> PROFILE LAUDERDALE ELECTRIC
sump pumps and lighting fixtures designed to withstand more
than 100 mph winds; workers also terminated multiple types
of control wiring.
Initially, Adams and iFLY had expressed concerns about
power consumption, as the company had experienced some problems with a facility in Texas. Lauderdale Electric’s staff visited the
Texas location to assess the power consumption and devise a plan
to ward off any potential issues at either new facility.
Adams was also concerned about running exposed conduit
under the huge open-ceiling beams, so Lauderdale technicians
installed floor boxes in the deck that fed the lights, heaters and
receptacles. This step took extensive planning and a precise layout to ensure that the boxes were located properly. Lauderdale
technicians used a software program that allowed them to do
exact dimensions and plan everything out at the home office
and then transfer these preplanned drawings to tablets in the
field for deployment.
Another concern was installing the feeders to the penthouse
Meeting the heights
from the 3,000A service outside. Foreman Beau Lauderdale,
while collaborating with Weis Builders’ Site Superintendent Mike
Ericksen, put together a plan that would eliminate exposed con-
duit and the junction boxes and created a solution to a problem
that previously required three to five days and five electricians
to pull and terminate. Two Lauderdale technicians executed the
plan in less than one day—a new record, Adams said.
Lauderdale Electric specializes in a variety of high-profile
projects, such as co-generation plants and renewable-energy
facilities, but this was definitely one-of-a-kind.
“This is a project where you need young, well-conditioned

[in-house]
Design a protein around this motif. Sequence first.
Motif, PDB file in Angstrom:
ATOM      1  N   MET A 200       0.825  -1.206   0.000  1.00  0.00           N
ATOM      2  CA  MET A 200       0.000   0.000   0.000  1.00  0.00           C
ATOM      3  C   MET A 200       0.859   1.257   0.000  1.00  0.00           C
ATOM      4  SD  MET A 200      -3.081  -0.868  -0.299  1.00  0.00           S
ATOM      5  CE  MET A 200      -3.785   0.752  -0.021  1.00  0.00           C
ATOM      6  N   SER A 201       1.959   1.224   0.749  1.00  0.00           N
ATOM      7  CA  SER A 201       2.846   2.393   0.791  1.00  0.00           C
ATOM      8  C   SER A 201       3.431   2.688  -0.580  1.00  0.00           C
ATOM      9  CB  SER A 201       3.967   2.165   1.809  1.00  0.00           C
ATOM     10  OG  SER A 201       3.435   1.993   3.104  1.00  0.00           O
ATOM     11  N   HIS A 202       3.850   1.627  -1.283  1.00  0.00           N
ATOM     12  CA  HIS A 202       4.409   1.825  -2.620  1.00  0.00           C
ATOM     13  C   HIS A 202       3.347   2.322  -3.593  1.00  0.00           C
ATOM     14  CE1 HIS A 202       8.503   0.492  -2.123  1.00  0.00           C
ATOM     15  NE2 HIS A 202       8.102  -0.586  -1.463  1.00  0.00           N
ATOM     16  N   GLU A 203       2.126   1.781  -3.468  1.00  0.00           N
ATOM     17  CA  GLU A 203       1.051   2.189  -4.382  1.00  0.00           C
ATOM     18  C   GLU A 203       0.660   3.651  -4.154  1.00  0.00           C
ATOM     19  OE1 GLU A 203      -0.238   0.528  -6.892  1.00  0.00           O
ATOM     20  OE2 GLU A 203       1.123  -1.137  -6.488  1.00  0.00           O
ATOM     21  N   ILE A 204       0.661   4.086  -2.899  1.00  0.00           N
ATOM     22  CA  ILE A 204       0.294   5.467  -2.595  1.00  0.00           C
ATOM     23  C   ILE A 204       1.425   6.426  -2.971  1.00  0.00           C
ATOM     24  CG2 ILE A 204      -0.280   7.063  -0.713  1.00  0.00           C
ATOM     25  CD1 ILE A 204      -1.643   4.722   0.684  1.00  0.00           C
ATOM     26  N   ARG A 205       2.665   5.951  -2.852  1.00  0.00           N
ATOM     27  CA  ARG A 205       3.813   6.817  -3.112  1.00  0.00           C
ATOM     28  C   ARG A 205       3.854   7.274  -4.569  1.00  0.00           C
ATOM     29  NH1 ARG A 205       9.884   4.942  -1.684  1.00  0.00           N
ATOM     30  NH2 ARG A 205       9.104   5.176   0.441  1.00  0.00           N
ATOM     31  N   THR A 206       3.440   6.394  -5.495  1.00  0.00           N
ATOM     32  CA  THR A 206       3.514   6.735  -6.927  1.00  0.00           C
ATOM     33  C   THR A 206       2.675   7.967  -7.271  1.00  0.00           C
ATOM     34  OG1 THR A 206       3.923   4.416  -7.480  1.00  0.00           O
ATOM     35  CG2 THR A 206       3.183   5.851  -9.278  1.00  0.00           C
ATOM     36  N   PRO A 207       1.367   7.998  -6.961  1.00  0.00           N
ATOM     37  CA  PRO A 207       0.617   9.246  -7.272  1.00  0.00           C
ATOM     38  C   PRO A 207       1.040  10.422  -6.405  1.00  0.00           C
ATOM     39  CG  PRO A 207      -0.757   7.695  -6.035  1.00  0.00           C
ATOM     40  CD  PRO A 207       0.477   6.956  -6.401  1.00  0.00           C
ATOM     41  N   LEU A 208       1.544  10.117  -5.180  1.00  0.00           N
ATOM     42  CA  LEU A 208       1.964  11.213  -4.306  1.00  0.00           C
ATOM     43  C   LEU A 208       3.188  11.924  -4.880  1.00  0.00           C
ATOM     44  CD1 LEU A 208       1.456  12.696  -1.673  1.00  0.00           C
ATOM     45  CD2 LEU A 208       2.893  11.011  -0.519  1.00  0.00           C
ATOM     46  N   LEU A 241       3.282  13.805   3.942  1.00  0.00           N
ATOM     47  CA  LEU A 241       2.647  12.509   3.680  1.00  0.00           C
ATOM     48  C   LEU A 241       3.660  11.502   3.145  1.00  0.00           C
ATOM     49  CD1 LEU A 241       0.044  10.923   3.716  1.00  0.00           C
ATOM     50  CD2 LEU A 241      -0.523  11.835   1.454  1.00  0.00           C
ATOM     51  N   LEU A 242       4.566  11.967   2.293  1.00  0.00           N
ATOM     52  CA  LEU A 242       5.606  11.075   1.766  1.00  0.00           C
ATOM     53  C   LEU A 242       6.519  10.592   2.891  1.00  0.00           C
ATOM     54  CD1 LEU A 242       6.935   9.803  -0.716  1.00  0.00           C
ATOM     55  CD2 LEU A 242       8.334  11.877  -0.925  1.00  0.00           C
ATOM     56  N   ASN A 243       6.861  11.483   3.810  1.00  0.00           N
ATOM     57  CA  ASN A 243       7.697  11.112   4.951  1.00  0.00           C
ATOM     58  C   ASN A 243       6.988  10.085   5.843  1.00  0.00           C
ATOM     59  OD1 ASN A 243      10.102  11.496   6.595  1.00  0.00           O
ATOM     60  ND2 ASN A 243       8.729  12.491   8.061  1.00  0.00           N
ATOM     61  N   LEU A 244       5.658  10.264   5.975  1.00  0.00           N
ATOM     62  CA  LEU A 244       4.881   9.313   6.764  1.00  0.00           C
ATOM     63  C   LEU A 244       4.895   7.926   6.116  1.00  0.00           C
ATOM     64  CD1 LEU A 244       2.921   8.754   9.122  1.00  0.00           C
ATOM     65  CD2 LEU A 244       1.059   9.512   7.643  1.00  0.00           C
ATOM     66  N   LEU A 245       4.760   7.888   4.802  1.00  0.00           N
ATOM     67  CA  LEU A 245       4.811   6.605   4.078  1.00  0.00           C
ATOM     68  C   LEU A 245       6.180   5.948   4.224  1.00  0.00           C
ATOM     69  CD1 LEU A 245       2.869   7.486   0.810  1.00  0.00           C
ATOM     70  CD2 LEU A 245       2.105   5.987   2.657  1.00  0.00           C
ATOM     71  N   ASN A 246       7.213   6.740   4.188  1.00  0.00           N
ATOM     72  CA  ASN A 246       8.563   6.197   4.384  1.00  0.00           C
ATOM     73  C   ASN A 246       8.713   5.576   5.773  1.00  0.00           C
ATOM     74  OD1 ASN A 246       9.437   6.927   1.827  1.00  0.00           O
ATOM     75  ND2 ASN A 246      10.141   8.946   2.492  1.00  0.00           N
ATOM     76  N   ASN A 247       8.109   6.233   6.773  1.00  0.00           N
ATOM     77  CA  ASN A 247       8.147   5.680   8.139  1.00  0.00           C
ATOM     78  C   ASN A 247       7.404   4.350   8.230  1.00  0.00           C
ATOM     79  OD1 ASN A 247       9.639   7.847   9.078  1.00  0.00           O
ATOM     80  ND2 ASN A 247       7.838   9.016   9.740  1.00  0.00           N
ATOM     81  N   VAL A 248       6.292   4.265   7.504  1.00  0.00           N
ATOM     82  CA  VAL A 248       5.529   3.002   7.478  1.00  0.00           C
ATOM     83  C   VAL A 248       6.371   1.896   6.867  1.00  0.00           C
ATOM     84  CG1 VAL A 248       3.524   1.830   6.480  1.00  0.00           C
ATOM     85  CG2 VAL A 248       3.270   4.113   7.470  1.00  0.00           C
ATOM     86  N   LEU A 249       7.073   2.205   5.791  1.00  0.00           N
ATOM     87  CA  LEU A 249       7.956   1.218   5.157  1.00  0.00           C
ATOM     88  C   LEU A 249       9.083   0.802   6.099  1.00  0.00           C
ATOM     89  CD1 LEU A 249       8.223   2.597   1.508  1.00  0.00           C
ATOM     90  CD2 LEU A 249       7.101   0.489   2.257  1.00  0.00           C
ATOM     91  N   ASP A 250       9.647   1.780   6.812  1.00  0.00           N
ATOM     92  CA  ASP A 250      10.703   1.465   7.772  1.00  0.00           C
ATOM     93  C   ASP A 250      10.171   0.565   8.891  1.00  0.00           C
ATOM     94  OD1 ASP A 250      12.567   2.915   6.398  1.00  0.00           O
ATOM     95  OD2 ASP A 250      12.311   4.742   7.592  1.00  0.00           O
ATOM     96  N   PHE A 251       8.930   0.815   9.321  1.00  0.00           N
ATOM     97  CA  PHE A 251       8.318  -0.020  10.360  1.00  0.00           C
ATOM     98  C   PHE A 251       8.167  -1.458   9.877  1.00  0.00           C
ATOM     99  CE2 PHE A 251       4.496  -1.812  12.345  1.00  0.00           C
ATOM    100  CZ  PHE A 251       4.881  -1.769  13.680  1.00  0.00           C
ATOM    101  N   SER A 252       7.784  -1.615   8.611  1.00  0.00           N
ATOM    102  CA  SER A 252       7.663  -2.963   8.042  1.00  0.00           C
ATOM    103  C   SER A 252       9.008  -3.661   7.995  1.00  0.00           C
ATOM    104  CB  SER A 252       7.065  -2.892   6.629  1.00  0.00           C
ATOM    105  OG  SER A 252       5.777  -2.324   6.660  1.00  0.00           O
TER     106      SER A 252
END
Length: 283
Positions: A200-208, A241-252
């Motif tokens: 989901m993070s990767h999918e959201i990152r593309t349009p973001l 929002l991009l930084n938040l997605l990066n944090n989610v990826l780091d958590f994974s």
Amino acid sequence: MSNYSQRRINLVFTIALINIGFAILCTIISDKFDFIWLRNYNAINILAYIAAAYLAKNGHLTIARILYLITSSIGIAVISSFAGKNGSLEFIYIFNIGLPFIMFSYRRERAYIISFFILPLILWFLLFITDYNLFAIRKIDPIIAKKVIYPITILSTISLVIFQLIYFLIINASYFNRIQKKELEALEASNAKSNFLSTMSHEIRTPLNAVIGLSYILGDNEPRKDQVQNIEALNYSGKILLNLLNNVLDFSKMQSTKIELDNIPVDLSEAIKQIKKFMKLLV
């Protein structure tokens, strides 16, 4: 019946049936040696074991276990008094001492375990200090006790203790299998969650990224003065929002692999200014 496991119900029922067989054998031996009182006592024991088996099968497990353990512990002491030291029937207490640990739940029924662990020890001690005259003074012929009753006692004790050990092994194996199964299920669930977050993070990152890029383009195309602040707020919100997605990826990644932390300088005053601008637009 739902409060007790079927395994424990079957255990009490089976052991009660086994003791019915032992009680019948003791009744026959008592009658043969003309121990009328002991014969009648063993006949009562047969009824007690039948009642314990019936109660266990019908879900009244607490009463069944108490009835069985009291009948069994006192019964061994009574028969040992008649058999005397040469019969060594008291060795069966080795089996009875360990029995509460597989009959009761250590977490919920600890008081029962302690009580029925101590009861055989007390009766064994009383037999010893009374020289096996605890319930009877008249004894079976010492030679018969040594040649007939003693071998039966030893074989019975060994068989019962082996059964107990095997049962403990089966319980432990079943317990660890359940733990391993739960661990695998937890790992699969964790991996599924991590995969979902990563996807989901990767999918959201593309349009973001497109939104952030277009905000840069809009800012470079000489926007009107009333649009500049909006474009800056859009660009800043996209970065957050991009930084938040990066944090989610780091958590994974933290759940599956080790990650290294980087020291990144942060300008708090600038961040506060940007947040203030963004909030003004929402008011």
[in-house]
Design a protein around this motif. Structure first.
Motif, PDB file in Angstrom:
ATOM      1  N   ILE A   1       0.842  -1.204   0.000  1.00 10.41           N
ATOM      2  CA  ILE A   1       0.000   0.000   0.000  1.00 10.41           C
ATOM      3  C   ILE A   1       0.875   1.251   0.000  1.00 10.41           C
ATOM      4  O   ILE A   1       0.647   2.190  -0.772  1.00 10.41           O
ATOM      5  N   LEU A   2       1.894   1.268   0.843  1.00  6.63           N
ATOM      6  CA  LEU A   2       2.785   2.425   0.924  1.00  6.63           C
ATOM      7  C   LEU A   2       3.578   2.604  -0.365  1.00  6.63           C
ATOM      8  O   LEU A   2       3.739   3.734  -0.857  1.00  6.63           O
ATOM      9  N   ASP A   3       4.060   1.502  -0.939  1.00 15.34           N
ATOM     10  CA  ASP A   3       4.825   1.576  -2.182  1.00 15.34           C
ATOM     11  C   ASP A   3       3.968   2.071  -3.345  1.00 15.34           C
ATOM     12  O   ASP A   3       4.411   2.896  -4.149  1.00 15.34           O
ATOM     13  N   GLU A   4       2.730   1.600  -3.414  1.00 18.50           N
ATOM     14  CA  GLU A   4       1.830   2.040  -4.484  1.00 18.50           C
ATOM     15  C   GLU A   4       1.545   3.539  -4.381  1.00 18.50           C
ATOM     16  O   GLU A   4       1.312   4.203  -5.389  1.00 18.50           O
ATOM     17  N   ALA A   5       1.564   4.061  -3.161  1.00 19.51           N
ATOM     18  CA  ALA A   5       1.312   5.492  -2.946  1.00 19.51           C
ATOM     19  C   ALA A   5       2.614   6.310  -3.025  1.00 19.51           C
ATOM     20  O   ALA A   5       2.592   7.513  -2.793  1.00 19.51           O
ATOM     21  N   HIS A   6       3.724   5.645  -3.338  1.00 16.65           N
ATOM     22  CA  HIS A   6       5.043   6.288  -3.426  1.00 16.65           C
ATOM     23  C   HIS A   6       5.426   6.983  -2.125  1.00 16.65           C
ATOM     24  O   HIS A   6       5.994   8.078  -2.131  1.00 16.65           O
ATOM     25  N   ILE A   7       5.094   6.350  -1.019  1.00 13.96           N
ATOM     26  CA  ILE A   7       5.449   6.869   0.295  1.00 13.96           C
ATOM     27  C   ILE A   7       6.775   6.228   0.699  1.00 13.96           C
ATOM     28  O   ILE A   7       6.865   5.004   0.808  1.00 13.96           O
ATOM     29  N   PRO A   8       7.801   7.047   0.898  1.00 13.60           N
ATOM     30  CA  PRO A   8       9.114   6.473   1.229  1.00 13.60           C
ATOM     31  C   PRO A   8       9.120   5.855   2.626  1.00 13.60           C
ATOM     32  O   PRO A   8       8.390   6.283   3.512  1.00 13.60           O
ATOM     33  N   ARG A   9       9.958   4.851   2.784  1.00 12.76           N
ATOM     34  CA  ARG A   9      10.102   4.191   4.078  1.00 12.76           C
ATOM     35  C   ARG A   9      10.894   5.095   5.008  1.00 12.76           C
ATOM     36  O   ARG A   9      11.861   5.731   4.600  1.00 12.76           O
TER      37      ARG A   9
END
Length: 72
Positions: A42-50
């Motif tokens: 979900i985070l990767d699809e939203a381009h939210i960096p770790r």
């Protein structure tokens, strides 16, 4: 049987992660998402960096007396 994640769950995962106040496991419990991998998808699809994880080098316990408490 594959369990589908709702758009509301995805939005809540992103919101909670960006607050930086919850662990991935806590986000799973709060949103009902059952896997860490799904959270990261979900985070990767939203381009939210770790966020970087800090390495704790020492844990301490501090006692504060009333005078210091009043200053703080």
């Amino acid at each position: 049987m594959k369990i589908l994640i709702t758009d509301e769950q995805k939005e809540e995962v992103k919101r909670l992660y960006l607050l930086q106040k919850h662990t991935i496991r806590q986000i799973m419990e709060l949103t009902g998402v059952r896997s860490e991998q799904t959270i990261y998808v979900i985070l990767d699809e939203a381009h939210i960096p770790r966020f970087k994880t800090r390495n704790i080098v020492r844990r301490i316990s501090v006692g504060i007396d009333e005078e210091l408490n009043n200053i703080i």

employees because of all of the physical demands encountered
every day,” Bill Lauderdale said. “I imagine my guys lost about
10 pounds each on these projects.”
“The thing that impressed me most about Lauderdale Elec-
tric was the quality of the installation, and the small crew size,
they worked like a crew three times their size and they were
fast and very smart about how they went about the process of
bringing this complicated project to life,” Adams said. “We’re
accustomed to EC crews of eight to 10 and they used three or
Lauderdale said the company prides itself in getting in and
completing projects as fast as possible, while maintaining the
quality and on-site performance his clients demand.
Another iFLY is planned for Chicago’s Lincoln Park neighborhood, and there’s a good chance that Lauderdale Electric
will be flying as the go-to EC.
“We knew that, with a great game plan and using the best
electricians that anybody could ask for, we could complete
these projects within the timeline and still meet everyone’s
expectations,” Bill Lauderdale said.
O’MARA is the owner of DLO Communications, www.
dlocommunications.com, specializing in writing services for
the low-voltage and systems integration industries. Reach her at
email@example.com or 847.384.1916. P H
Left: massive turbine equipment creates high-velocity winds. Center: Journeyman Lon Chanthalansy
roughs in the service conduits. Right: Lauderdale technicians pull service cabling into the building at
Rosemont iFLY. Bottom: Journeyman Devin Daufenbach roughs in service pipes.
How It Works
The wind tunnels of iFLY create a vertical air column in
which a person can safely float. The wind is channeled
and directed down the sides of the tunnel, underneath the
flight chamber, and then up through the floor of the flight
chamber, lifting flyers into the air at approximately eye
level. The air travels through the top of the flight chamber
and the cycle begins again. A technician at the control
panel—in communication with the instructor inside the
flight chamber—ensures that the wind speed is optimal
for each customer. —D.L.O.